A New York Times article last year reported that public company directors are coming under scrutiny this proxy season based on what they are not doing. Based on my experiences with dozens of nonprofit organizations, the litany of complaints cited in the Times article, can easily apply to nonprofits, whether they are professional organizations, trade associations, educational institutions or charitable organizations.
Monitoring Risk Management – Many conservative nonprofits don’t seem to recognize the need for risk management reviews at the board level. Having physical facilities to protect, clients who can sue, and operations that are subject to closure during freak weather conditions (e.g., hurricane Sandy) are reasons enough for nonprofit directors to have serious risk discussions. Based on reviews of systems and insurance coverage, the board has to be in a position to take leadership to maintain some types of continuing operations.
Chief Executive Succession Planning – First when a new CEO is engaged, plans should be in place to name an interim CEO, should the CEO have a serious personal crisis. Second the board needs to be thoroughly briefed on potential internal successors should the CEO resign abruptly. It has been reported that hiring external talent is three to five times as costly as naming an internal candidate to the top position. Since financial issues are usually key items for nonprofits, perhaps promoting an internal candidate can be the more expedient decision. When it comes to making succession decisions, boards typically can be penny-wise and pound-foolish.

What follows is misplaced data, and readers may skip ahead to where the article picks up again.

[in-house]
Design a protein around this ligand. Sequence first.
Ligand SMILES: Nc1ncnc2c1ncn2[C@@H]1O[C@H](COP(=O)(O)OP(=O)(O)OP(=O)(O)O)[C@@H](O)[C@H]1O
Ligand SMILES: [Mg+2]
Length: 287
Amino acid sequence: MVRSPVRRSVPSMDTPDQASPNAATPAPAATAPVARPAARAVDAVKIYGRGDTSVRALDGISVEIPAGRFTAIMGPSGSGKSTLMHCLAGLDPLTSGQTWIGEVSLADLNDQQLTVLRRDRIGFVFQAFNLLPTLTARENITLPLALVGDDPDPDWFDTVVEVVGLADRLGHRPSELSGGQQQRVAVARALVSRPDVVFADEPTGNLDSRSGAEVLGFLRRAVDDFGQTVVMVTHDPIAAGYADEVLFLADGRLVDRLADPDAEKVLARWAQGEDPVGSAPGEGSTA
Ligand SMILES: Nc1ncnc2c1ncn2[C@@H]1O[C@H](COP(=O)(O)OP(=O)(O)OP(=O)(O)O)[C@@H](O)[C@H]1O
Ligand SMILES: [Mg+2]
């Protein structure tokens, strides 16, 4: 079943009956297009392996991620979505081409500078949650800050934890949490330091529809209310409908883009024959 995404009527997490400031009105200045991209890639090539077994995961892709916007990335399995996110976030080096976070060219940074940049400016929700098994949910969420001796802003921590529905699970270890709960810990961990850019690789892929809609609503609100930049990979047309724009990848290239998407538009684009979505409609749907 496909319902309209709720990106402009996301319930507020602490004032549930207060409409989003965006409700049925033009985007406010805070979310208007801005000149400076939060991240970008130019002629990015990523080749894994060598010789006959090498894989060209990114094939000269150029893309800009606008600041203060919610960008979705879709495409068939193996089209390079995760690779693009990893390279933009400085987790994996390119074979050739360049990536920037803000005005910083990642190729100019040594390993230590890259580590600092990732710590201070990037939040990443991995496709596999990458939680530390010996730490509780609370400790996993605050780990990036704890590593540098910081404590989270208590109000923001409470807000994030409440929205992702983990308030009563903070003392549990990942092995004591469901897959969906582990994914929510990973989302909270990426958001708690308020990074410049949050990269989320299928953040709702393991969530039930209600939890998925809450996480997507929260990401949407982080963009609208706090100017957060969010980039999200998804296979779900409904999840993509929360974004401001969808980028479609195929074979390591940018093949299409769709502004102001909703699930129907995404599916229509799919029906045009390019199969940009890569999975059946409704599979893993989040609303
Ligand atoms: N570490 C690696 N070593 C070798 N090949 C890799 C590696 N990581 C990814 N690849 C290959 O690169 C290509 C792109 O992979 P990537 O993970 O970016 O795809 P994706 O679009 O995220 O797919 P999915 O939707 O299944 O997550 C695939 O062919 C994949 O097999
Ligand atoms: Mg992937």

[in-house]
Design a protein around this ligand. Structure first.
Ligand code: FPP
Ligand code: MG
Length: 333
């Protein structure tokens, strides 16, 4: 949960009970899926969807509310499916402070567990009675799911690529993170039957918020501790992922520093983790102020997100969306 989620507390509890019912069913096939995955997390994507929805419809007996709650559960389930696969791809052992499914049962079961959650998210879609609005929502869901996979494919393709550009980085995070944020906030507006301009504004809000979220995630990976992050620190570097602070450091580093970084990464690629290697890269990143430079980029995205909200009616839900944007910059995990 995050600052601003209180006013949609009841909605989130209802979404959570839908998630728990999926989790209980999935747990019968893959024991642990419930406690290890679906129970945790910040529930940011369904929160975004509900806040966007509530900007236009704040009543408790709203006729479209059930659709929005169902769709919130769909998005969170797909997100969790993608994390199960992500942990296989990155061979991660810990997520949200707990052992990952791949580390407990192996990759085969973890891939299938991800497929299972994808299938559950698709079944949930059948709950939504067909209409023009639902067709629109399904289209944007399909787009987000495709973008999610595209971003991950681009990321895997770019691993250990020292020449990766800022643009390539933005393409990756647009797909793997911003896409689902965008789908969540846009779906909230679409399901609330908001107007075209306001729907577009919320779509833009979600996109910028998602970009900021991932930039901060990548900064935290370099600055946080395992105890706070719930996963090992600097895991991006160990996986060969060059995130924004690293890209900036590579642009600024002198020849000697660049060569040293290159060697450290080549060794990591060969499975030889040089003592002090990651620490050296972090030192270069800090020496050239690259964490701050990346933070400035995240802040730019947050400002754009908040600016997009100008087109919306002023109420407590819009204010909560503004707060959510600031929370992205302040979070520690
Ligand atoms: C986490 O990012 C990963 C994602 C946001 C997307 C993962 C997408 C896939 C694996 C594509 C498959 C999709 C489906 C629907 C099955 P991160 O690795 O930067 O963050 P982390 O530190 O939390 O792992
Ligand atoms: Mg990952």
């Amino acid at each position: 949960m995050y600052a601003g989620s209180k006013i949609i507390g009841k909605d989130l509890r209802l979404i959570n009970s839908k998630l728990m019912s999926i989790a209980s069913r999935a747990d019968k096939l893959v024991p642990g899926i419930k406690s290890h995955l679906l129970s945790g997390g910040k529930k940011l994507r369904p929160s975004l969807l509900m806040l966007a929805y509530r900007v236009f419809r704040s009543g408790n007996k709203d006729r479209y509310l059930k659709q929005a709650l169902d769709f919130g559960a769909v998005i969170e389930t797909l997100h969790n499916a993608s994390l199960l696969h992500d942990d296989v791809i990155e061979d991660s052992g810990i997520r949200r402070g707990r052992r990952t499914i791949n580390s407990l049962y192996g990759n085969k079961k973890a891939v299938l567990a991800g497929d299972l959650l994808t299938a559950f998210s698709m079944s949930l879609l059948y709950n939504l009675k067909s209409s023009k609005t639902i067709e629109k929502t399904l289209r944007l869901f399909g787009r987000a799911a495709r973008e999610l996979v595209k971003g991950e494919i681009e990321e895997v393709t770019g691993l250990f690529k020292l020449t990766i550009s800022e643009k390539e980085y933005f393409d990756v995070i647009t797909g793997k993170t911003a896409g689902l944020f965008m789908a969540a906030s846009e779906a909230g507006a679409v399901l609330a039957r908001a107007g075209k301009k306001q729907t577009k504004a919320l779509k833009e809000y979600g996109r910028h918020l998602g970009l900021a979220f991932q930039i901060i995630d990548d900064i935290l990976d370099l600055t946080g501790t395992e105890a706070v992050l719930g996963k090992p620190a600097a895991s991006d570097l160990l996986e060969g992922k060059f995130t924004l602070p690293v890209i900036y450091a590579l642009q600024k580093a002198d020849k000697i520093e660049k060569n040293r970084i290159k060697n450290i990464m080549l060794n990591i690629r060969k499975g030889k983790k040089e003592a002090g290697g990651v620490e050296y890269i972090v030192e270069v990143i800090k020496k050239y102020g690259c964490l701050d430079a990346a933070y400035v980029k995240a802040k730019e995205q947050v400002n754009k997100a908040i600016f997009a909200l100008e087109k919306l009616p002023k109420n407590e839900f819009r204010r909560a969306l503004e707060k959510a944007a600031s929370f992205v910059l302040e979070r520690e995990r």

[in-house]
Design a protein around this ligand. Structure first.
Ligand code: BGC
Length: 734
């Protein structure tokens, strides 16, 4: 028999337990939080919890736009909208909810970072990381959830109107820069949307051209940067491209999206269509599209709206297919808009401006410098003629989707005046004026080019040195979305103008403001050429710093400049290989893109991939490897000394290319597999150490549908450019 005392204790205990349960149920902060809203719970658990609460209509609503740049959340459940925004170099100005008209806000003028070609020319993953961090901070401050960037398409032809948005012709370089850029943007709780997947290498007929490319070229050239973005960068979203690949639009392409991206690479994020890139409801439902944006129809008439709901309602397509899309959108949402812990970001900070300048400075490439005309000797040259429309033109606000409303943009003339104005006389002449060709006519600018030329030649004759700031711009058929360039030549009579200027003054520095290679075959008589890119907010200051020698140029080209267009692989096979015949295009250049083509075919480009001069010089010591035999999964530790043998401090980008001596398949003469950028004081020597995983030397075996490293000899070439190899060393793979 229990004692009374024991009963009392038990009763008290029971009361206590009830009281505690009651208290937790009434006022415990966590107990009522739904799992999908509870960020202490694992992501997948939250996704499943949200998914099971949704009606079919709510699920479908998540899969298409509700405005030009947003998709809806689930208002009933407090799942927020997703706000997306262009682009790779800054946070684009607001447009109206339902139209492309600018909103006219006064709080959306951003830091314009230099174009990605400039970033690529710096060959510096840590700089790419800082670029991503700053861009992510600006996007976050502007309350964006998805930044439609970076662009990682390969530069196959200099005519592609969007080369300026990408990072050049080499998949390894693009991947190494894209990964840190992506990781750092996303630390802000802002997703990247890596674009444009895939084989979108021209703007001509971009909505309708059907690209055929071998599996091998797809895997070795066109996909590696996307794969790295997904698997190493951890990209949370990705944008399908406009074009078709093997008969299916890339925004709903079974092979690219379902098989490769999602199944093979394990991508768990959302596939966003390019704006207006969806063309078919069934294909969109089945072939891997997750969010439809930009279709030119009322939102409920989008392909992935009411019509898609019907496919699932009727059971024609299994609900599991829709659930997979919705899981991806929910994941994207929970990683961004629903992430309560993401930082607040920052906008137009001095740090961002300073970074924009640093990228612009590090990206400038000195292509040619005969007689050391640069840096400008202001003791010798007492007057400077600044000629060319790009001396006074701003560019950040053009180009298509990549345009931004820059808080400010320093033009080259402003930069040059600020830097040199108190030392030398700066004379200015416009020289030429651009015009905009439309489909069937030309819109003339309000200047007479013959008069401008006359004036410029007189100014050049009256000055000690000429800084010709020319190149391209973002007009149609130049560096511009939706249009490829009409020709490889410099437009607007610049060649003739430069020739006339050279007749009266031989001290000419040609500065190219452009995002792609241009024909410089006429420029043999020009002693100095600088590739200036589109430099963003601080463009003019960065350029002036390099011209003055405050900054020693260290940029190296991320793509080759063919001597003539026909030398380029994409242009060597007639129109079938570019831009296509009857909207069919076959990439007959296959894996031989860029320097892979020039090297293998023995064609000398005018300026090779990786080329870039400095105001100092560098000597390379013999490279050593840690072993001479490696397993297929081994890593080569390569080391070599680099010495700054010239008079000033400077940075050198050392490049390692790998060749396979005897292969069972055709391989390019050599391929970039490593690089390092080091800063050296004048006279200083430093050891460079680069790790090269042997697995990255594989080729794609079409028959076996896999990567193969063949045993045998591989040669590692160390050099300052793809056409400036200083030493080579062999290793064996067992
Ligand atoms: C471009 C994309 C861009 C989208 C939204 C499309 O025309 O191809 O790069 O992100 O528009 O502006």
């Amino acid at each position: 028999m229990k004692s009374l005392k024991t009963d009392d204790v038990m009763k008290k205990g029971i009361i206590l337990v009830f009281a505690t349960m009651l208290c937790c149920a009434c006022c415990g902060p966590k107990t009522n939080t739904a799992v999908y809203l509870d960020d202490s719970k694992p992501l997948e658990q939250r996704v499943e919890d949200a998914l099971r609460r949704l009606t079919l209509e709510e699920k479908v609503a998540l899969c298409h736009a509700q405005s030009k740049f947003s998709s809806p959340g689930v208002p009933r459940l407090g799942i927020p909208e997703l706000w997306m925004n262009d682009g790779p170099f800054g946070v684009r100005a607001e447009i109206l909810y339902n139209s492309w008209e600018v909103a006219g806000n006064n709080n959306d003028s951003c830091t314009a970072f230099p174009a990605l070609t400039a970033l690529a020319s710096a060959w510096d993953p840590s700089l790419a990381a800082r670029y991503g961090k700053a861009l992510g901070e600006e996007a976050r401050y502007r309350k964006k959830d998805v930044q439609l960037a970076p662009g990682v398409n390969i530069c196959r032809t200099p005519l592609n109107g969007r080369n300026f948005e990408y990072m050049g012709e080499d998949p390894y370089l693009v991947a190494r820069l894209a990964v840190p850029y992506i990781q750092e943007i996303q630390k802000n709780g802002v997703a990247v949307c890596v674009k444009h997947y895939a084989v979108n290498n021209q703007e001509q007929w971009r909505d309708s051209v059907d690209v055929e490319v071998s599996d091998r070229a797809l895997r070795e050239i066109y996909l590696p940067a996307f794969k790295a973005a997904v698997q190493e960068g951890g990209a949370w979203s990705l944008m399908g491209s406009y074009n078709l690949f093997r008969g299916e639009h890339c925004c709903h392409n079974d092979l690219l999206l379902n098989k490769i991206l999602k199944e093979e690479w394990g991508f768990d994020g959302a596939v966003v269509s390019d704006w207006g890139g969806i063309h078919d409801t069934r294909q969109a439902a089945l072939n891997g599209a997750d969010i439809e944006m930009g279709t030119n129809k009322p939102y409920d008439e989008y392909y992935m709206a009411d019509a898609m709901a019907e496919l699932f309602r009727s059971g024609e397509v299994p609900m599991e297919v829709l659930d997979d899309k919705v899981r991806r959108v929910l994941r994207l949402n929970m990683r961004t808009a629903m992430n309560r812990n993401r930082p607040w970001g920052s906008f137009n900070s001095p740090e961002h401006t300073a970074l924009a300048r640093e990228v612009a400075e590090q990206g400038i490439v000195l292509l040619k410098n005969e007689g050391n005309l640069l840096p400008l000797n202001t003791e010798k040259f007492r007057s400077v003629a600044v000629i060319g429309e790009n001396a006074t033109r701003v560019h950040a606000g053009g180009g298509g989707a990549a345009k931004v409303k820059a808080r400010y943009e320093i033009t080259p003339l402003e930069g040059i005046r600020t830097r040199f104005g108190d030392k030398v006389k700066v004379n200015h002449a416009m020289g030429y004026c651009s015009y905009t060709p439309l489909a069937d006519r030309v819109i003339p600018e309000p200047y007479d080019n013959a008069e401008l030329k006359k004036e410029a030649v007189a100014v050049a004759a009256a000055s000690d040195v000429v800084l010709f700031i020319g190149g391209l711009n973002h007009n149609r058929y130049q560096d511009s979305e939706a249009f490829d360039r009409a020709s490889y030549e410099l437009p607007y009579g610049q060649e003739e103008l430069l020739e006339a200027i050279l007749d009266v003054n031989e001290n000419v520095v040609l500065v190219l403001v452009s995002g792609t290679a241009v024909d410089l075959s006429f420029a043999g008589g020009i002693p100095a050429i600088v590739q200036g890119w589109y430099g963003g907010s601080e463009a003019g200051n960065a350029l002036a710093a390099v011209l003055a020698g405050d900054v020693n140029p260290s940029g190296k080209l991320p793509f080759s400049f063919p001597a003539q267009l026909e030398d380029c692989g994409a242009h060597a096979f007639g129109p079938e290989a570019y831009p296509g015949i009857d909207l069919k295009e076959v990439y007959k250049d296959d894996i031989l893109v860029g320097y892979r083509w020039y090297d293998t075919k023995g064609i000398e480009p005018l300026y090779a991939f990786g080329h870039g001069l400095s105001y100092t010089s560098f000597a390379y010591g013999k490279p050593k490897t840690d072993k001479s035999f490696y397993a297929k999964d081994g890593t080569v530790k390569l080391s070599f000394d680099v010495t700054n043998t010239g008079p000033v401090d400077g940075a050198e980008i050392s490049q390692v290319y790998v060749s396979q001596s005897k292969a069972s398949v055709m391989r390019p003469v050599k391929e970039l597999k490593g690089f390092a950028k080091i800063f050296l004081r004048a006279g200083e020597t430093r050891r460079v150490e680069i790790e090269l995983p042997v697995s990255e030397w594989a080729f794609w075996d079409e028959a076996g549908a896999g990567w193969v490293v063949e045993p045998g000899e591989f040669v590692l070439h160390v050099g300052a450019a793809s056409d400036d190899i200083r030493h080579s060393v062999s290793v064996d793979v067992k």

Assessing CEO and Organizational Performance – Most nonprofit chief executives and their organizations are evaluated on an annual basis, using financial and other internal metrics such as employee turnover and membership retention. Since nonprofit organizations are mission driven, qualitative information needs to be added to the mix. (http://bit.ly/OvF4ri) These can range from data on community impact to valuing partnership outcomes with other nonprofits. The metrics should be mutually negotiated between the board and CEO, while some metrics need to be evaluated over longer performance periods. A few business firms use a four year or five years performance period when establishing CEO compensation.
Summary – Most nonprofit directors are not compensated for serving on boards. In addition, their board terms are relatively short (three to six years) when compared with those serving on business boards. Consequently, they often don’t do what is needed in terms of monitoring risk management, succession planning and robustly evaluating the CEO and organizational performance. Like commercial board directors, nonprofit board members need to become aware of the possible deficits in the three areas.